The Sherman Act and the NCAA: More Awkward than a Junior High Sadie Hawkins Dance
Most of the recent lawsuits against the NCAA’s perceived hegemony are for violations of antitrust law regarding agreements which restrain trade. Courts have been hesitant to interfere within NCAA matters (and extremely limited in their rulings when they do interfere), so each of these cases faces an uphill battle to change the status quo. Courts are not well suited to handle NCAA issues, and neither is antitrust law.[ii] In the past, the court system has been mostly deferential to the NCAA when it comes to applying antitrust law to amateurism regulations. Judge Claudia Wilken displayed this deference in her initial O’Bannon decision:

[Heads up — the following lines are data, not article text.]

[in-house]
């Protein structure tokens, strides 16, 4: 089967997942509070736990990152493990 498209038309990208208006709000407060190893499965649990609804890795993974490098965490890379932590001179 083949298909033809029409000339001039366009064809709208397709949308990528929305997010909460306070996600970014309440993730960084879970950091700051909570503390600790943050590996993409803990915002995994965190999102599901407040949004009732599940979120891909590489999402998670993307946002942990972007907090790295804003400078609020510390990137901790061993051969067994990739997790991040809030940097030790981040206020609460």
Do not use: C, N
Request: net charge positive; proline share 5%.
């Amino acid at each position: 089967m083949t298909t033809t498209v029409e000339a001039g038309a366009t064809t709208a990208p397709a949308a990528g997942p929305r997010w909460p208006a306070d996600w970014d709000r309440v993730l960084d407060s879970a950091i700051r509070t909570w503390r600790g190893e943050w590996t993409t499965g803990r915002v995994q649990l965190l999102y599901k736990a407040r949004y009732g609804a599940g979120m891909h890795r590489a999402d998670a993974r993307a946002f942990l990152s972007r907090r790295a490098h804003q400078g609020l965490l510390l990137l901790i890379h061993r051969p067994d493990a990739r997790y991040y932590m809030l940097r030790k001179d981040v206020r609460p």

“To the extent other criticisms have been leveled against the NCAA and college policies and practices . . . it is likely that the challenged restraints, as well as other perceived inequities in college athletics and higher education generally, could be better addressed as a policy matter by reforms other than those available as a remedy for the antitrust violation found here. Such reforms and remedies could be undertaken by the NCAA, its member schools and conferences, or Congress.”